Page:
La professionnalisation des membres de C.A.


Voici un article publié par Robert C. Pozen*, paru HBR et reproduit dans LeadingCompany le 20 février 2013. L’article aborde un sujet d’actualité : le recrutement d’administrateurs professionnels (et indépendants). Pozen propose un modèle de conseil d’administration ayant une taille réduite et s’appuyant sur un engagement beaucoup plus important des membres.

Bien sûr, les recommandations sont valables pour les entreprises publiques cotées, mais elles peuvent aussi s’appliquer à plusieurs autres types d’organisations privées ou publiques de différentes tailles. Vous trouverez, ci-dessous un extrait de cet article. Celui-ci décrit le modèle proposé et présente plusieurs arguments qui militent en faveur d’un net changement dans la composition des C.A., répondant par la même occasion à certaines objections souvent évoquées.

The case for professional boards

« Boards are often too large to operate effectively as decision-making groups, with members relying on others to take the lead. Many of the financial institutions that had to be rescued from insolvency in 2008 had very large boards, and all had a substantial majority of independent directors. Citigroup, for example, had 18 directors, of whom 16 were independent. In groups this large, members engage in what psychologists call “social loafing”. They cease to take personal responsibility for the group’s actions and rely on others to take the lead. Large groups also inhibit consensus building, which is the way boards typically operate: the more members there are, the harder it is to reach agreement.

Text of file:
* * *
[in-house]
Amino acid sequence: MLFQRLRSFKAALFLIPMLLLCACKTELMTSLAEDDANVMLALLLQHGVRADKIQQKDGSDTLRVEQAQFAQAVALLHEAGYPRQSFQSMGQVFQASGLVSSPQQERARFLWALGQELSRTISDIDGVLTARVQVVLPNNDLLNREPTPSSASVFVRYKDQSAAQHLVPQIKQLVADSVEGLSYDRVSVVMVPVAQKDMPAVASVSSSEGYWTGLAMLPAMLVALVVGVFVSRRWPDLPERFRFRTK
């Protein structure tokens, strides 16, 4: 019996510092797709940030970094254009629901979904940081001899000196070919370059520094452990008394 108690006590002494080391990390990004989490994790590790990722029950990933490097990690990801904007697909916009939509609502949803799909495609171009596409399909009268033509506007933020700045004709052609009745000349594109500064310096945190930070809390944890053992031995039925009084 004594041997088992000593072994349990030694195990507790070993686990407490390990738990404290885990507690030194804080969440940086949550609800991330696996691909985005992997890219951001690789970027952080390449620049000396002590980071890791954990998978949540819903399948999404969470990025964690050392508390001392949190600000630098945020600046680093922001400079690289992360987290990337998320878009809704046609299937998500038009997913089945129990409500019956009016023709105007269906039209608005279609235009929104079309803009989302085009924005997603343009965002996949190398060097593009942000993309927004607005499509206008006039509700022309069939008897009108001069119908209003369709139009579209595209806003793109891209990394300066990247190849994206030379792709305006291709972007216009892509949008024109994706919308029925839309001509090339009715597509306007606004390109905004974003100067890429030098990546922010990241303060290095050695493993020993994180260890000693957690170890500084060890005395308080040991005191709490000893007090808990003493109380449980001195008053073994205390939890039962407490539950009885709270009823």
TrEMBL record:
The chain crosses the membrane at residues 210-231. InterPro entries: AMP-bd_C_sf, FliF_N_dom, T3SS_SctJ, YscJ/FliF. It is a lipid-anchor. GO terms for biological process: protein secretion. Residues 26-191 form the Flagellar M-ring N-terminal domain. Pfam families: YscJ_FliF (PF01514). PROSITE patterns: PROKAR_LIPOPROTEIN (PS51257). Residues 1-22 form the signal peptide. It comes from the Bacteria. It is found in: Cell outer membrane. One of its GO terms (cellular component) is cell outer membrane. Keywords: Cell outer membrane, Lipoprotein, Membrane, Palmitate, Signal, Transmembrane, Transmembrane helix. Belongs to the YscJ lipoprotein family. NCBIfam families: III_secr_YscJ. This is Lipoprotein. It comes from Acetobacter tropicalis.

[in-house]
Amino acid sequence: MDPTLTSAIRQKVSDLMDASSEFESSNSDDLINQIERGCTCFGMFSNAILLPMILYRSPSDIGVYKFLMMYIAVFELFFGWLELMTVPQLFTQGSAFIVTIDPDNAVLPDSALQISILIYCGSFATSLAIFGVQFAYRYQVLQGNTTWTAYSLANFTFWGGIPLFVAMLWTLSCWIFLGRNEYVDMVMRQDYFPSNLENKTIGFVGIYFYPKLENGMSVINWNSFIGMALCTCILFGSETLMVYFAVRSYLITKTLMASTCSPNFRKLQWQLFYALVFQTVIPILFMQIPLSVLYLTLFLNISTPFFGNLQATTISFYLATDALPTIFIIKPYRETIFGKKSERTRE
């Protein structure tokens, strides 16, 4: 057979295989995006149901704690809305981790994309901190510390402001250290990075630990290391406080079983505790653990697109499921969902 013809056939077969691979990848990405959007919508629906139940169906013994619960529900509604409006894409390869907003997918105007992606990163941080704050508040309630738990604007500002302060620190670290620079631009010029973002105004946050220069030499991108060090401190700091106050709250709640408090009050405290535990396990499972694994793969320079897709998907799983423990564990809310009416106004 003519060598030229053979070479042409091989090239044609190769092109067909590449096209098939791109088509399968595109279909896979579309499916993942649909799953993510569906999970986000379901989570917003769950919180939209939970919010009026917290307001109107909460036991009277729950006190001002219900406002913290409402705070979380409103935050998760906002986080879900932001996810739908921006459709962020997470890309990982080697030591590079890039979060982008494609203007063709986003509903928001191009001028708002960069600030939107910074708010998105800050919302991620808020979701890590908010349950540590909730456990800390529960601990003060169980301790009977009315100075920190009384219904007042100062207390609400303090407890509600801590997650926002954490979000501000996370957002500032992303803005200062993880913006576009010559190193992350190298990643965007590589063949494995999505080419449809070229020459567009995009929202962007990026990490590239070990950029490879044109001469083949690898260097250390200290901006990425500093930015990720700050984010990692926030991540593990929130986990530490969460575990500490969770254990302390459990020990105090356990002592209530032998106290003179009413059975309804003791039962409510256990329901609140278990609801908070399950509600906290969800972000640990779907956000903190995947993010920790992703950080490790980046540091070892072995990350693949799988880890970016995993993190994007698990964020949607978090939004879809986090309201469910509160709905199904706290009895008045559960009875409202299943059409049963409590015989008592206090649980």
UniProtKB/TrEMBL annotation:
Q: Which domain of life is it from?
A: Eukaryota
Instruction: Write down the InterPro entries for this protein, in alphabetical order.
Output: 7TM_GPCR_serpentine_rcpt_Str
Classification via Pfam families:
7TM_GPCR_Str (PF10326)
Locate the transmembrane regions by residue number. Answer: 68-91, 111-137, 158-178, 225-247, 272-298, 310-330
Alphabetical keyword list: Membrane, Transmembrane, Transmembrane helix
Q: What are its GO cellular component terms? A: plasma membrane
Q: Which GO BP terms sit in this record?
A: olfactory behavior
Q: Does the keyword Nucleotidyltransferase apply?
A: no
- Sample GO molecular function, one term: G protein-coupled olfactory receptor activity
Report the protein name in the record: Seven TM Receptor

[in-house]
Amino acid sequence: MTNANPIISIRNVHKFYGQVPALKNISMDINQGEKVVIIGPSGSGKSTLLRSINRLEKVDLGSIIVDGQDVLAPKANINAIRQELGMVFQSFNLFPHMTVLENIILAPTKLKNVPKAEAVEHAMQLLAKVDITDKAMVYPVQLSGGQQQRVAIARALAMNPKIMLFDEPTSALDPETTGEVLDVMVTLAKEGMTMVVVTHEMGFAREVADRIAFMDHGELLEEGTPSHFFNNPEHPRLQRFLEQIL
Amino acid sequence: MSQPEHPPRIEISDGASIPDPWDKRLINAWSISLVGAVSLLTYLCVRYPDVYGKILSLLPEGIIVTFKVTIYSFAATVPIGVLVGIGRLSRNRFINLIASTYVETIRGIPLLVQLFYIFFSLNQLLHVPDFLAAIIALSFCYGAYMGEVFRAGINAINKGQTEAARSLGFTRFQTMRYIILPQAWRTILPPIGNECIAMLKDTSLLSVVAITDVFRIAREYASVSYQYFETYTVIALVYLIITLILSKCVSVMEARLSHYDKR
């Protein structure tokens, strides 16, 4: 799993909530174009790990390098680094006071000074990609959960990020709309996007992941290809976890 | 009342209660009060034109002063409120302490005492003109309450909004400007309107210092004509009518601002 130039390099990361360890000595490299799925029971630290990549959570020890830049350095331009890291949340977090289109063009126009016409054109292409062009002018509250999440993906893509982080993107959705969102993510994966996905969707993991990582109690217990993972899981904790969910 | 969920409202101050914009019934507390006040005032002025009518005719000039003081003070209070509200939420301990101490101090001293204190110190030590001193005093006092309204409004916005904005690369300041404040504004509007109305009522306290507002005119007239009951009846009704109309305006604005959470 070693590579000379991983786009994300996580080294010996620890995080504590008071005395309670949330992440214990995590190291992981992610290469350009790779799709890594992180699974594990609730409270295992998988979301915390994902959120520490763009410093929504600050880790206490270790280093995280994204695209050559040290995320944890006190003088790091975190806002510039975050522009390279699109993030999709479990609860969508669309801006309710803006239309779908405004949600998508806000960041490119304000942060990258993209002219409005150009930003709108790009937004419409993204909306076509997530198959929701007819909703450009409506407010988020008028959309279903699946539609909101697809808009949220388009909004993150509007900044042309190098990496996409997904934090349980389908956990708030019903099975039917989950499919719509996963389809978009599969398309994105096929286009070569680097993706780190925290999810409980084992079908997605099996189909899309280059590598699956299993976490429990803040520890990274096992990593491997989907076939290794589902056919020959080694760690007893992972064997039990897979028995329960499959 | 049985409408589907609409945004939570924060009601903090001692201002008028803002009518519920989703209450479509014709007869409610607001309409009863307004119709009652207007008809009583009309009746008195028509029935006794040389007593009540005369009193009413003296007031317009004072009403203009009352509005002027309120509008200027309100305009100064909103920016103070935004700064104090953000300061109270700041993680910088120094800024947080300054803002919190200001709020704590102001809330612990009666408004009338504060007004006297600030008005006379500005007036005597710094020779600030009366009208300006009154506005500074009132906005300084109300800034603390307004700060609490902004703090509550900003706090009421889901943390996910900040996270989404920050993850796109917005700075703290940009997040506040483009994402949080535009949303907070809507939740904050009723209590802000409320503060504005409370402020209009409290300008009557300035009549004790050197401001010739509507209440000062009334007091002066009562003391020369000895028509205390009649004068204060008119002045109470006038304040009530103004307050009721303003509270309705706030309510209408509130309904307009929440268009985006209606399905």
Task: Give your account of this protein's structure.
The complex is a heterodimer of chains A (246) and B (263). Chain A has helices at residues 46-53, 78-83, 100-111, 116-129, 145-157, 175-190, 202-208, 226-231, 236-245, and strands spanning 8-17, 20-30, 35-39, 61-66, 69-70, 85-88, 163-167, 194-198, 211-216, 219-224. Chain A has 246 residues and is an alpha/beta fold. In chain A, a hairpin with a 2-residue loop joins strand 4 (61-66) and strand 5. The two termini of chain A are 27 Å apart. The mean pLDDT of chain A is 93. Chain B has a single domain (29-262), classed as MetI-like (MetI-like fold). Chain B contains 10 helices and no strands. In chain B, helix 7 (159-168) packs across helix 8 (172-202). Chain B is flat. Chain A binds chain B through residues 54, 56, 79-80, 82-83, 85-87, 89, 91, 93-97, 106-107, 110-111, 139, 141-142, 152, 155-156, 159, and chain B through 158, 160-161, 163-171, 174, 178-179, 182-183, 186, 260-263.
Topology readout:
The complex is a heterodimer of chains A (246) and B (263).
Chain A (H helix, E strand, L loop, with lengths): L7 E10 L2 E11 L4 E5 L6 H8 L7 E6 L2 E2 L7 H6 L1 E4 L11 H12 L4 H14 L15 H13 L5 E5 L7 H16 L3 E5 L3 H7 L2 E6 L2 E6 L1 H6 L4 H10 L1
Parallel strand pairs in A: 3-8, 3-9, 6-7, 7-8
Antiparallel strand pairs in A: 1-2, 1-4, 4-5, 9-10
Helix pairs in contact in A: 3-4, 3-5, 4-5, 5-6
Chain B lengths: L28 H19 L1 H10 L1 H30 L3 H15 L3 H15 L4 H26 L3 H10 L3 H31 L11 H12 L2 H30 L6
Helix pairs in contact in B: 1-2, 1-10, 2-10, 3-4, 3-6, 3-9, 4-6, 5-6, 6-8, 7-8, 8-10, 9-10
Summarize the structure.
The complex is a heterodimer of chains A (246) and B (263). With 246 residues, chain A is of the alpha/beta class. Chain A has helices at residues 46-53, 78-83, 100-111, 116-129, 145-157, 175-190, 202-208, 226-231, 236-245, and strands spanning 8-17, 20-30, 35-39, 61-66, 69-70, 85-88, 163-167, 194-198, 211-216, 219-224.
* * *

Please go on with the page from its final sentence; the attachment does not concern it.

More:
English: 500 Boylston St., Boston, MA 02116
English: 500 Boylston St., Boston, MA 02116 (Photo credit: Wikipedia)

I’ve been the president or chairman of two global financial firms, an independent director of several large industrial companies and a long-time scholar of corporate governance. During my career, I’ve seen several chronic deficiencies in corporate boards: boards are often too large to operate effectively as decision-making groups. Members frequently lack sufficient expertise in the relevant industry. And, most important, few members devote the time needed to fully understand the complexities of the company’s global operations.

I propose a model of professional directorship that directly responds to the three main factors behind ineffective decision-making. All boards would be limited to seven people. Management would be represented by the CEO – the other six directors would be independent. Most of the independent directors would be required to have extensive expertise in the company’s lines of business and they would spend at least two days a month on company business beyond the regular board meetings.

Groups of six or seven are the most effective at decision-making. They’re small enough for all members to take personal responsibility for the group’s actions and they can usually reach a consensus in a reasonably short time. The six independent directors called for in the new model are sufficient to populate the three key committees: audit, compensation and nominating. Three different directors would serve solely as chairs of each of those committees, and the other three directors would each serve on two of them ».

Voir aussi le billet que j’ai publié le 5 juin 2012 : Un conseil de plus petite taille : Une règle de bonne gouvernance selon Pozen

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*Robert C Pozen is a senior lecturer of business administration at Harvard Business School and the chairman emeritus of MFS Investment Management, an investment company in Boston.

How to be a good independent director: Separating the issue from the individual is the key – The Economic Times (csuitementor.wordpress.com)

Un argumentaire en faveur du choix d’administrateurs externes au C.A. (jacquesgrisegouvernance.com)

Que font les « bons » administrateurs pour faciliter le succès des organisations ? (jacquesgrisegouvernance.com)

5 huge mistakes startups make when choosing board members (venturebeat.com)